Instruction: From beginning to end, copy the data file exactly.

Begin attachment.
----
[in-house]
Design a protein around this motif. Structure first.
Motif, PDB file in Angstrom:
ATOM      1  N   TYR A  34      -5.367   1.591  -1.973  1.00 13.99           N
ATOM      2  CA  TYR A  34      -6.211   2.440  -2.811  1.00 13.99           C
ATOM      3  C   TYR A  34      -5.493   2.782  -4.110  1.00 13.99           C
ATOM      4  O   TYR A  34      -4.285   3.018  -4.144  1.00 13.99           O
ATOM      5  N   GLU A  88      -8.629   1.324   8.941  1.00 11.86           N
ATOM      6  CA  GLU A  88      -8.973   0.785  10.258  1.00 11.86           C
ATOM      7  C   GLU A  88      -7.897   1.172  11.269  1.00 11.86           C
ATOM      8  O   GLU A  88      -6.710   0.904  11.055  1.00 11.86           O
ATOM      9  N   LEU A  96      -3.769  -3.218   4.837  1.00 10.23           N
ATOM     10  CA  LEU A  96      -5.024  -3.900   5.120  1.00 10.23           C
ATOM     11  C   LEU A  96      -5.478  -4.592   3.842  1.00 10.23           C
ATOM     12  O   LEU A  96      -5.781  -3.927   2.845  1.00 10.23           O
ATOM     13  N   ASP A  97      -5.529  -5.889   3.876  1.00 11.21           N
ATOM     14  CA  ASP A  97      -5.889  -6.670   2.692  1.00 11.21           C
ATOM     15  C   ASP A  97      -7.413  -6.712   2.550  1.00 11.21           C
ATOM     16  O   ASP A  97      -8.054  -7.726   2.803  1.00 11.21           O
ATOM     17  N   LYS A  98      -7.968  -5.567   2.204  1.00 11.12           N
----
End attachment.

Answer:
[in-house]
Design a protein around this motif. Structure first.
Motif, PDB file in Angstrom:
ATOM      1  N   TYR A  34      -5.367   1.591  -1.973  1.00 13.99           N
ATOM      2  CA  TYR A  34      -6.211   2.440  -2.811  1.00 13.99           C
ATOM      3  C   TYR A  34      -5.493   2.782  -4.110  1.00 13.99           C
ATOM      4  O   TYR A  34      -4.285   3.018  -4.144  1.00 13.99           O
ATOM      5  N   GLU A  88      -8.629   1.324   8.941  1.00 11.86           N
ATOM      6  CA  GLU A  88      -8.973   0.785  10.258  1.00 11.86           C
ATOM      7  C   GLU A  88      -7.897   1.172  11.269  1.00 11.86           C
ATOM      8  O   GLU A  88      -6.710   0.904  11.055  1.00 11.86           O
ATOM      9  N   LEU A  96      -3.769  -3.218   4.837  1.00 10.23           N
ATOM     10  CA  LEU A  96      -5.024  -3.900   5.120  1.00 10.23           C
ATOM     11  C   LEU A  96      -5.478  -4.592   3.842  1.00 10.23           C
ATOM     12  O   LEU A  96      -5.781  -3.927   2.845  1.00 10.23           O
ATOM     13  N   ASP A  97      -5.529  -5.889   3.876  1.00 11.21           N
ATOM     14  CA  ASP A  97      -5.889  -6.670   2.692  1.00 11.21           C
ATOM     15  C   ASP A  97      -7.413  -6.712   2.550  1.00 11.21           C
ATOM     16  O   ASP A  97      -8.054  -7.726   2.803  1.00 11.21           O
ATOM     17  N   LYS A  98      -7.968  -5.567   2.204  1.00 11.12           N